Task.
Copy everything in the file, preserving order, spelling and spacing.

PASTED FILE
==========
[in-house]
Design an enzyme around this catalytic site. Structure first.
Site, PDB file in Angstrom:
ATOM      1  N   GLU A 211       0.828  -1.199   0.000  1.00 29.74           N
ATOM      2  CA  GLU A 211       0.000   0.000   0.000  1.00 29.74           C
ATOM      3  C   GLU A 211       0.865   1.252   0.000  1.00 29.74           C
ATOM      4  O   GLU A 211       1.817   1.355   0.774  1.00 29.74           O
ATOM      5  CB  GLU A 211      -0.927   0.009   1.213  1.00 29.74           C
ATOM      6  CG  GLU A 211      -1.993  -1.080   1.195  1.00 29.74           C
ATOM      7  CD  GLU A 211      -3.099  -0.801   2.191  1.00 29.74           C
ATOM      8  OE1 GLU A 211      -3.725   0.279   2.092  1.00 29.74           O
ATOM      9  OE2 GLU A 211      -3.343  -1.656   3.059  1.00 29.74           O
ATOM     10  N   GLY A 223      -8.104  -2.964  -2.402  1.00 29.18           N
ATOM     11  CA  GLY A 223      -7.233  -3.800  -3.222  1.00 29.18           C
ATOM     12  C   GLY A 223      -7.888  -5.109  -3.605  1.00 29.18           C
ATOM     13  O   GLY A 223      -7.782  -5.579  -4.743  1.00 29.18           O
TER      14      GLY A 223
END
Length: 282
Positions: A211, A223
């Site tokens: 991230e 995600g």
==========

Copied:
[in-house]
Design an enzyme around this catalytic site. Structure first.
Site, PDB file in Angstrom:
ATOM      1  N   GLU A 211       0.828  -1.199   0.000  1.00 29.74           N
ATOM      2  CA  GLU A 211       0.000   0.000   0.000  1.00 29.74           C
ATOM      3  C   GLU A 211       0.865   1.252   0.000  1.00 29.74           C
ATOM      4  O   GLU A 211       1.817   1.355   0.774  1.00 29.74           O
ATOM      5  CB  GLU A 211      -0.927   0.009   1.213  1.00 29.74           C
ATOM      6  CG  GLU A 211      -1.993  -1.080   1.195  1.00 29.74           C
ATOM      7  CD  GLU A 211      -3.099  -0.801   2.191  1.00 29.74           C
ATOM      8  OE1 GLU A 211      -3.725   0.279   2.092  1.00 29.74           O
ATOM      9  OE2 GLU A 211      -3.343  -1.656   3.059  1.00 29.74           O
ATOM     10  N   GLY A 223      -8.104  -2.964  -2.402  1.00 29.18           N
ATOM     11  CA  GLY A 223      -7.233  -3.800  -3.222  1.00 29.18           C
ATOM     12  C   GLY A 223      -7.888  -5.109  -3.605  1.00 29.18           C
ATOM     13  O   GLY A 223      -7.782  -5.579  -4.743  1.00 29.18           O
TER      14      GLY A 223
END
Length: 282
Positions: A211, A223
């Site tokens: 991230e 995600g």